I had the opportunity to make my way up to a “tax day tea party” in San Mateo to document what occurred. At this protest, one of over 1,000 that occurred across this nation, I saw a different side of America. I saw hundreds of respectful (there was only one arrest nationwide at the protests), hard-working Americans frustrated that were angry at our out of control government.
This grassroots movement began with concerned Americans opposed to the unprecedented expansion of government influence, spending, and control. People like Elsie Gufler, who emigrated here from El Salvador 30 years ago, organized this event not knowing how many protesters would attend. The several hundreds who attended were more than she had expected.
“The American people are fed up with taxes, fed up with a government who doesn’t pay any attention to its people,” stated Gufler, “We elect them. They work for us.”
Another protester, Al Waisman of San Mateo, whose parents immigrated to the US to escape Chile’s socialist revolution, said, “We’re giving failure a free ride. This country has never rewarded bad decisions.”
Kelly Lagarrigue, a married mother of two, identified all parties as being at fault for our current state, “In less than 100 days our government has taken the deficit they inherited from the Bush administration of 1 trillion dollars and tripled it. I came out because I think that this is a great country worth standing up for… and I fear we are losing sight of the very things that make us great.”
Art Bush, a Marine Corps veteran in attendance, commented, “Obama is our president, I wanted to stick behind him. [But] I just started seeing lie after lie, promise after promise being broken. The straw that broke the camel’s back was the stimulus package. Not one of our legislators read the thousand pages. How could you vote on something blindly like that?”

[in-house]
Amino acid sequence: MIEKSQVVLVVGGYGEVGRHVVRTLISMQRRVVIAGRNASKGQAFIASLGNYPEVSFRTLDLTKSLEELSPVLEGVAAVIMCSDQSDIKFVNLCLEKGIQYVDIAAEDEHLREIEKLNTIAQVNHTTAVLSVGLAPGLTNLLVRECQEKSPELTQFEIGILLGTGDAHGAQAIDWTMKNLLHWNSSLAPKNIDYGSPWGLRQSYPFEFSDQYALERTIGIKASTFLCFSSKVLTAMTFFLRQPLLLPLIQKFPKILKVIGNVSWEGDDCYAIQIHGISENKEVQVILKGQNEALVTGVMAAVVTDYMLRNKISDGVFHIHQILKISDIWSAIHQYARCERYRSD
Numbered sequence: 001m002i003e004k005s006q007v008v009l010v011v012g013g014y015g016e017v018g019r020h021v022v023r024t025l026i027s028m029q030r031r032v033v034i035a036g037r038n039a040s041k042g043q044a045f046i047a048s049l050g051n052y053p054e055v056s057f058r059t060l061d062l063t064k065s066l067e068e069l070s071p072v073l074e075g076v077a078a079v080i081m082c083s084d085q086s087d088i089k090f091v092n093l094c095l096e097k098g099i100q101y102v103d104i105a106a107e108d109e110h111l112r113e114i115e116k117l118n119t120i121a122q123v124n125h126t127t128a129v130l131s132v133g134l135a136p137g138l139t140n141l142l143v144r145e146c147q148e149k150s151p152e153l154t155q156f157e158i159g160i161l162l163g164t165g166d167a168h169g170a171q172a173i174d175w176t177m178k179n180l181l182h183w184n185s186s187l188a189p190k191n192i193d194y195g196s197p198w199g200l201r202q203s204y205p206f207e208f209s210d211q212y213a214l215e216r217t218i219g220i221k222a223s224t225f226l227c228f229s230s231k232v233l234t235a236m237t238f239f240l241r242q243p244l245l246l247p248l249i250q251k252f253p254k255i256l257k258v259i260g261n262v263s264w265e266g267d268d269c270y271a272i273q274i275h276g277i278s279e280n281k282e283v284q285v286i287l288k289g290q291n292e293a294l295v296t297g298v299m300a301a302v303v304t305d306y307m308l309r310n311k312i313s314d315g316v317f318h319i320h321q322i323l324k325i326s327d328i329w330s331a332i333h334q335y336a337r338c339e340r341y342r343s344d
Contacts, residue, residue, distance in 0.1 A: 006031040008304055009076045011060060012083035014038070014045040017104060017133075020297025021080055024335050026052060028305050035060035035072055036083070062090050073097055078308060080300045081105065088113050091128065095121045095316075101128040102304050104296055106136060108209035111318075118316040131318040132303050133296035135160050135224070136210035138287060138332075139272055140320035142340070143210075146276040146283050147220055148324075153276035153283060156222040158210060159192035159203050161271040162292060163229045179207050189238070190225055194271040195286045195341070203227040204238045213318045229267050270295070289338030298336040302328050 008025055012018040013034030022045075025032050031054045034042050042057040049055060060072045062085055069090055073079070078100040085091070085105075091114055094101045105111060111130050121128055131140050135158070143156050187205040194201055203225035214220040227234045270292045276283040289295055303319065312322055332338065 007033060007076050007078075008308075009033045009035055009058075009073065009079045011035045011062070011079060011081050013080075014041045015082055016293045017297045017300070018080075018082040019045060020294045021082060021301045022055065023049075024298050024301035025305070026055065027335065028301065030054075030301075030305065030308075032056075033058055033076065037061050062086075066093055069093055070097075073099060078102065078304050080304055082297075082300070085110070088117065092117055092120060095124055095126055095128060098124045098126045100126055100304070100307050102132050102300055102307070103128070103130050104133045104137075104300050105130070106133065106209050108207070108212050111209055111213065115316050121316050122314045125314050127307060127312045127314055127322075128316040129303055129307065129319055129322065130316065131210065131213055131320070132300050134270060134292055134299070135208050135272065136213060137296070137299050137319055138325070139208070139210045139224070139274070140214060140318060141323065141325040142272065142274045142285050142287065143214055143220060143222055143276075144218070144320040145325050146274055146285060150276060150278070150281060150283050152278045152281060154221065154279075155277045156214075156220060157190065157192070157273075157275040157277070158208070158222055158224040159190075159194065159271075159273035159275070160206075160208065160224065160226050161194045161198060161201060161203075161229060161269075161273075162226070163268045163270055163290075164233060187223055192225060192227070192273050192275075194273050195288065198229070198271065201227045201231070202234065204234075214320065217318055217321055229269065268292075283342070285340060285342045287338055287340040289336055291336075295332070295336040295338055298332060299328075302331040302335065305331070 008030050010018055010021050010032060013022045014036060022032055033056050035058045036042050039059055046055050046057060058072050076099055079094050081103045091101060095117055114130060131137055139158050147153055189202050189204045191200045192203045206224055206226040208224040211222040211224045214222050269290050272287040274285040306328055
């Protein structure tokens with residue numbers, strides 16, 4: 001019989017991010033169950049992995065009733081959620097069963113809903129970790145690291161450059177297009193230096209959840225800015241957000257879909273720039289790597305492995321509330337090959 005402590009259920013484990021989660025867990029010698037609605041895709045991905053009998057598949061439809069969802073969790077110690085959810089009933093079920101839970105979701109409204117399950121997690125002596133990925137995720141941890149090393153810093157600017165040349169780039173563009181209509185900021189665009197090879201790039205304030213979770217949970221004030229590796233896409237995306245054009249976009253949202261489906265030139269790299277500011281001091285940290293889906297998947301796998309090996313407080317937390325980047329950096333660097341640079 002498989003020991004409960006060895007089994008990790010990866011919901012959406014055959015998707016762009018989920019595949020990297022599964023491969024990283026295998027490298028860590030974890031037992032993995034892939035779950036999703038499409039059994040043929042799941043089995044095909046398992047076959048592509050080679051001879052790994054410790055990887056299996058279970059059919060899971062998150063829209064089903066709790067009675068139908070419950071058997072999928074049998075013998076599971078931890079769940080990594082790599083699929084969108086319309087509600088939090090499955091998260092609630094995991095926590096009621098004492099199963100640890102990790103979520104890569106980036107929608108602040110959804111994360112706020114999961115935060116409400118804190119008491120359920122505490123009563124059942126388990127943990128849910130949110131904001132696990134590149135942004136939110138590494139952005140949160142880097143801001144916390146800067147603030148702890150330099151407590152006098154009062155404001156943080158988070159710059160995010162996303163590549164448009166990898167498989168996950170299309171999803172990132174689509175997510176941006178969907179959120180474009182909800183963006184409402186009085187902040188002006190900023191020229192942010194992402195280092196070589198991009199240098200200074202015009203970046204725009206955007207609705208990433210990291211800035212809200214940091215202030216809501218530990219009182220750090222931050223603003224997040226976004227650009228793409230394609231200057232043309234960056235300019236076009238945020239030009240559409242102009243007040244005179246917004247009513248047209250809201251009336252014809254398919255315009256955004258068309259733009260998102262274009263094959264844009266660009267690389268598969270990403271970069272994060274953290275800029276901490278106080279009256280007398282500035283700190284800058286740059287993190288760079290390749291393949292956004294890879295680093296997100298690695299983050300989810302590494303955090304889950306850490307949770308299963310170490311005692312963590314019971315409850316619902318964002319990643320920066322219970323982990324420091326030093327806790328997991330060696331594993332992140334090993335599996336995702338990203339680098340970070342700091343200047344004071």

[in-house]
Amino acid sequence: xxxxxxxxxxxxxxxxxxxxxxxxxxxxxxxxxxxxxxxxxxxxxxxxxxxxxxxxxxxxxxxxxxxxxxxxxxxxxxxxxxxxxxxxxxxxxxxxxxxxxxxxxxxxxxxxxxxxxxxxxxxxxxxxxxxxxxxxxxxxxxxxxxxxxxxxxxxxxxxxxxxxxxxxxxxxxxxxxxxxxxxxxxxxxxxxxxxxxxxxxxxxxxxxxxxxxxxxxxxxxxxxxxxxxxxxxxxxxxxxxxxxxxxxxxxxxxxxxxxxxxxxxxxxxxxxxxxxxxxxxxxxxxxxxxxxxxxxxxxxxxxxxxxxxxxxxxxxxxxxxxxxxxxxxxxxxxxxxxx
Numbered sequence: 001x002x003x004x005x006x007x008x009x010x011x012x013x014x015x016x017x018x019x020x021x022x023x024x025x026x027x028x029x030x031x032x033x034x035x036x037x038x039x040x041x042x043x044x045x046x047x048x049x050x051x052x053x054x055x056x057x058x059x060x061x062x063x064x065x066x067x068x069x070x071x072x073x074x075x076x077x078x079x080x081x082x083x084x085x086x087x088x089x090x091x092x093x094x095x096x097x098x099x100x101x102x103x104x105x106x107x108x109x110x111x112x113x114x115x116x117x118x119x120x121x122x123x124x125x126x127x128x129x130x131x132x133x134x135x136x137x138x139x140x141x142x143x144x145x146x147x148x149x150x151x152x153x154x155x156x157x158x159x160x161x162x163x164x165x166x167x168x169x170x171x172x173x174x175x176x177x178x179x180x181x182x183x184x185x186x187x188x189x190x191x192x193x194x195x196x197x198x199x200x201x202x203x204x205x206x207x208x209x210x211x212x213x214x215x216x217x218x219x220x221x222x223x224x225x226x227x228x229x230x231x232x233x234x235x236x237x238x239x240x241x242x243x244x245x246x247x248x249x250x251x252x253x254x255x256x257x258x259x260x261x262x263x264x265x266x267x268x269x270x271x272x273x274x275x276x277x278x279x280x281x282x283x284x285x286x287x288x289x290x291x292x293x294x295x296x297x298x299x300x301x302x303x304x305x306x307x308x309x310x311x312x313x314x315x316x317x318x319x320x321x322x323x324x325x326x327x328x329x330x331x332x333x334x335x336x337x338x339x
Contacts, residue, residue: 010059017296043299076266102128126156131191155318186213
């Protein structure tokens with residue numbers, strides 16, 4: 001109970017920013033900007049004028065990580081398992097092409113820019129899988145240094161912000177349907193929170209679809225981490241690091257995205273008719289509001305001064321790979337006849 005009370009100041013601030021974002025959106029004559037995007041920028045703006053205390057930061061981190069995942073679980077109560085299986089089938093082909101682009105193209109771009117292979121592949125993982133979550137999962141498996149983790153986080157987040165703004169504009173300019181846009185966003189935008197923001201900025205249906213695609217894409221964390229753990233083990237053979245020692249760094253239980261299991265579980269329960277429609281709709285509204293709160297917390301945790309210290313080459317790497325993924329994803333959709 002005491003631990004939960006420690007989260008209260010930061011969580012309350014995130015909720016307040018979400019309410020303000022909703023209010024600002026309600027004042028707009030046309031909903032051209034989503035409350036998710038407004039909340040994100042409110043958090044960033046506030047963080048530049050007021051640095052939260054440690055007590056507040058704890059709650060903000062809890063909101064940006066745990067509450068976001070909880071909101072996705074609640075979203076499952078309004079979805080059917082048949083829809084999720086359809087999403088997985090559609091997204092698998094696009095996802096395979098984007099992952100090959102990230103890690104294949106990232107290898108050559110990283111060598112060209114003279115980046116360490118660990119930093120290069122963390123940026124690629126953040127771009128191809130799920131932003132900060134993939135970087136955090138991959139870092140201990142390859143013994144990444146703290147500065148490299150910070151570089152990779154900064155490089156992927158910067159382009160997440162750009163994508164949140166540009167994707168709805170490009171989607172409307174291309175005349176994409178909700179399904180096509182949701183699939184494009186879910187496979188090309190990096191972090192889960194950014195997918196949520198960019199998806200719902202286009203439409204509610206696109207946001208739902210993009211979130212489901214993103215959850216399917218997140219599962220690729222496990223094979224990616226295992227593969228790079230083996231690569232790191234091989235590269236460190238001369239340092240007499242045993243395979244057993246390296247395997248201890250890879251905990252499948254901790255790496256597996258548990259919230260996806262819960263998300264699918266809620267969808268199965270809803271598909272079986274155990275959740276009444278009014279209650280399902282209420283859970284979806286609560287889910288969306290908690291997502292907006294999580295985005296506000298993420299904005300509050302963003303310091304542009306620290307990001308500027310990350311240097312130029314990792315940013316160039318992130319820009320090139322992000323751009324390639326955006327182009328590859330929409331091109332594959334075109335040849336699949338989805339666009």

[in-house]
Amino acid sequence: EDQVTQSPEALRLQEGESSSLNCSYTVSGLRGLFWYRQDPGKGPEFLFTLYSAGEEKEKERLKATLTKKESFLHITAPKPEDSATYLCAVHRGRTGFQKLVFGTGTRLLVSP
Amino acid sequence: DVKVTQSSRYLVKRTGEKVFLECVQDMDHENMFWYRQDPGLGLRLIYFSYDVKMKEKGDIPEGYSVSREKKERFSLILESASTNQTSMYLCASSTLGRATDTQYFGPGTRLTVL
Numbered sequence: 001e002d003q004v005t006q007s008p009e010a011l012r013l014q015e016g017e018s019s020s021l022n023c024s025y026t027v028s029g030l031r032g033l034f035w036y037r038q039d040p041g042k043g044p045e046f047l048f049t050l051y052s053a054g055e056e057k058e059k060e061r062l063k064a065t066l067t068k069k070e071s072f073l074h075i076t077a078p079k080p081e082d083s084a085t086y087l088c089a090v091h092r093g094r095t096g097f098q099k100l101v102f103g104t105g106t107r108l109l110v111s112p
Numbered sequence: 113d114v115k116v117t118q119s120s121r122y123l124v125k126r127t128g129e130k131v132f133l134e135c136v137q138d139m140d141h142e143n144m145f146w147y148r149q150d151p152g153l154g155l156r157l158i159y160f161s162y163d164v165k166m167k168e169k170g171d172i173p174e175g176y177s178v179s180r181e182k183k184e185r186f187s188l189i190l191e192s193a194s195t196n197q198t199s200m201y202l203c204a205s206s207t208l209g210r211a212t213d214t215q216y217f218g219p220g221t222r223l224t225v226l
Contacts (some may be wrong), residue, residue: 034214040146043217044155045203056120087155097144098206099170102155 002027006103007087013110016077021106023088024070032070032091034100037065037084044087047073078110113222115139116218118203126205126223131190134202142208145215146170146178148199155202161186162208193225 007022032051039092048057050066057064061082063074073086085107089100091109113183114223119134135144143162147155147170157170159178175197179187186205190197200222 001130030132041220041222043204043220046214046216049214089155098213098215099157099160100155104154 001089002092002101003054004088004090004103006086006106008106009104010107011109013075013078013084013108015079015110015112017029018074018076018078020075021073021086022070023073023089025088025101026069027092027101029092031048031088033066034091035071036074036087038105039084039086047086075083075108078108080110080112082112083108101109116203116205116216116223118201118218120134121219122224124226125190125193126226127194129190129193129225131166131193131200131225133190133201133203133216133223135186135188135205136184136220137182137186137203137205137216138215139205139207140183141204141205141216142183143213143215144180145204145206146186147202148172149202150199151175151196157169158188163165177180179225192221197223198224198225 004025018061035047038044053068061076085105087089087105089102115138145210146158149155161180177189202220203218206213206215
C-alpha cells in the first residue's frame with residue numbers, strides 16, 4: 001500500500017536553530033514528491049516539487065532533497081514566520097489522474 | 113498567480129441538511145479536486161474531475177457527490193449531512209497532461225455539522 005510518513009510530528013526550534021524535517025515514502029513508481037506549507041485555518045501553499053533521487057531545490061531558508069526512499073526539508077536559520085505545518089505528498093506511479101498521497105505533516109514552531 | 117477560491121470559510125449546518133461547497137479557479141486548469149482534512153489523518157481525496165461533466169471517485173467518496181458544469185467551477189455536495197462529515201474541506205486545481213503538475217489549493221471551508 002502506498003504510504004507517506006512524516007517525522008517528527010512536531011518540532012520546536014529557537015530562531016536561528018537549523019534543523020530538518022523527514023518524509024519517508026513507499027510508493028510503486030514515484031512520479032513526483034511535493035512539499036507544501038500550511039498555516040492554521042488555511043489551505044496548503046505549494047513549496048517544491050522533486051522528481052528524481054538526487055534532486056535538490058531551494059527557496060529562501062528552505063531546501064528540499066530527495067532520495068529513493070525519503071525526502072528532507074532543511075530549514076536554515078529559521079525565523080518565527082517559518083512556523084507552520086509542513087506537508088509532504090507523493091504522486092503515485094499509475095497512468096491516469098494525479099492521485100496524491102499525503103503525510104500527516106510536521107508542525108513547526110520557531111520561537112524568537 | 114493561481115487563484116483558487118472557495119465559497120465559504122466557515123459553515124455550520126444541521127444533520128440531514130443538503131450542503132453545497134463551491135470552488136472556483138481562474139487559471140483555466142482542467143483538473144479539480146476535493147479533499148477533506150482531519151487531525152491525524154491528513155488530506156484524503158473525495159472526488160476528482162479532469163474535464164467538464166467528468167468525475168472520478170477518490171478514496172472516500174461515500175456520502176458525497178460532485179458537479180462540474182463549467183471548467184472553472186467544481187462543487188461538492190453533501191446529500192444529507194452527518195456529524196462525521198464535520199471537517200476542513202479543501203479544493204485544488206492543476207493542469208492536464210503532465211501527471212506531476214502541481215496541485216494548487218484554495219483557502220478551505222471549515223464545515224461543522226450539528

For the more astute readers, it has become apparent that not one, not a single one of these quotes is from a Stanford student, staff, or faculty member. I returned to Stanford from the protest and realized that, our generation at Stanford is completely indifferent to the direction of this country.
And so it seems Stanford students continue to act oblivious to the growing storm developing in America and the mortgage on our future. While the absence and indifference of our more liberal student groups should be expected, the absence of conservative student dialogue and challenge on campus is inexcusable and shameful.
I have patiently waited for the members of Stanford’s conservative community to have some kind of a voice on campus. I am neither a leader on campus nor do I profess to have the solutions, but conservatives must become a viable presence at Stanford. We, as conservative members of this institution of liberal thought, have a duty to challenge the so-called progressive and liberal ideologies that are rampant on this campus. Should we remain soft-spoken or quiet, we will continue to find dwindling conservative dialogue on our campus and a continued assault on our presence at this elite institution.
Today, it seems the conservative contingency on campus is stuck on autopilot—incapable of finding its voice and making itself into a presence to be reckoned with on campus. Last April 15th, 750,000 Americans stood up for the first time and made a statement for conservative and founding principles. When will I see action from our campus conservative leaders?
At the protest, Ms. Lagarrigue said to me regarding American principles, “Liberty, the freedom from government control, is what sets us apart. Our Founding Fathers got it right, now they need us to take a stand.”
Are you listening, Stanford?